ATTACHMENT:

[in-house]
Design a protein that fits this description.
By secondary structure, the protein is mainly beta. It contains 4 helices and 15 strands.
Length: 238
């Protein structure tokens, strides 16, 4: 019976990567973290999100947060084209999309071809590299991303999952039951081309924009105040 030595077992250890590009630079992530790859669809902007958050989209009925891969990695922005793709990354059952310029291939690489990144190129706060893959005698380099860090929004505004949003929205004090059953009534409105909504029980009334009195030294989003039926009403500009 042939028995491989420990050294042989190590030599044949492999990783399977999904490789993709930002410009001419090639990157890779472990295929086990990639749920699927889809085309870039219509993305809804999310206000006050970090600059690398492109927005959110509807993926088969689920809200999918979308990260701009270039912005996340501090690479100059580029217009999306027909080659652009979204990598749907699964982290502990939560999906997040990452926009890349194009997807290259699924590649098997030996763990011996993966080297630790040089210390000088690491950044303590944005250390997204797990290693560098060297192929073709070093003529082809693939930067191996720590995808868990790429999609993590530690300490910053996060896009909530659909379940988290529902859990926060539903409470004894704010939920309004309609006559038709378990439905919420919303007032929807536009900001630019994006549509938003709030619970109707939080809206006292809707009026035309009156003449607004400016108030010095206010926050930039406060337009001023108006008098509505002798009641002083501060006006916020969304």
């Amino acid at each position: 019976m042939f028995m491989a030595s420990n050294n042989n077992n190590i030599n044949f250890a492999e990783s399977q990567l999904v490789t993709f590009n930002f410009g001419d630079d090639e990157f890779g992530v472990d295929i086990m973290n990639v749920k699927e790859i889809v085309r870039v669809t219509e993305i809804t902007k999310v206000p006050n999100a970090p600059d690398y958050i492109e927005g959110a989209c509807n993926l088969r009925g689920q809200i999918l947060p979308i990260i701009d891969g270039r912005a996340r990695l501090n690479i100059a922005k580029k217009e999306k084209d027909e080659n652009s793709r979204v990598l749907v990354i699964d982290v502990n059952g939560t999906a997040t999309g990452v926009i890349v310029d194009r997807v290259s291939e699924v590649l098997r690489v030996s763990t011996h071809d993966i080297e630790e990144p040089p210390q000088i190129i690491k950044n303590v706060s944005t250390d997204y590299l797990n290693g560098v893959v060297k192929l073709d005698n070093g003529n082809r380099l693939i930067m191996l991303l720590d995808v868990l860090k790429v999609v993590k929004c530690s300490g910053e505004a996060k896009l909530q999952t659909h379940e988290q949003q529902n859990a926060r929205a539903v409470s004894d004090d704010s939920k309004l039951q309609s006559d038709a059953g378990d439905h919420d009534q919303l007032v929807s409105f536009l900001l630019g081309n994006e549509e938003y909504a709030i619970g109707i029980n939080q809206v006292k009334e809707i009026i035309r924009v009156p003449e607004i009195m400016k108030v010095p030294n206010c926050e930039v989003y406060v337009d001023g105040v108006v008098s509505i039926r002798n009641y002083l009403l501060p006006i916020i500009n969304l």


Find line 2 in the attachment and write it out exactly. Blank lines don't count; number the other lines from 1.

Design a protein that fits this description.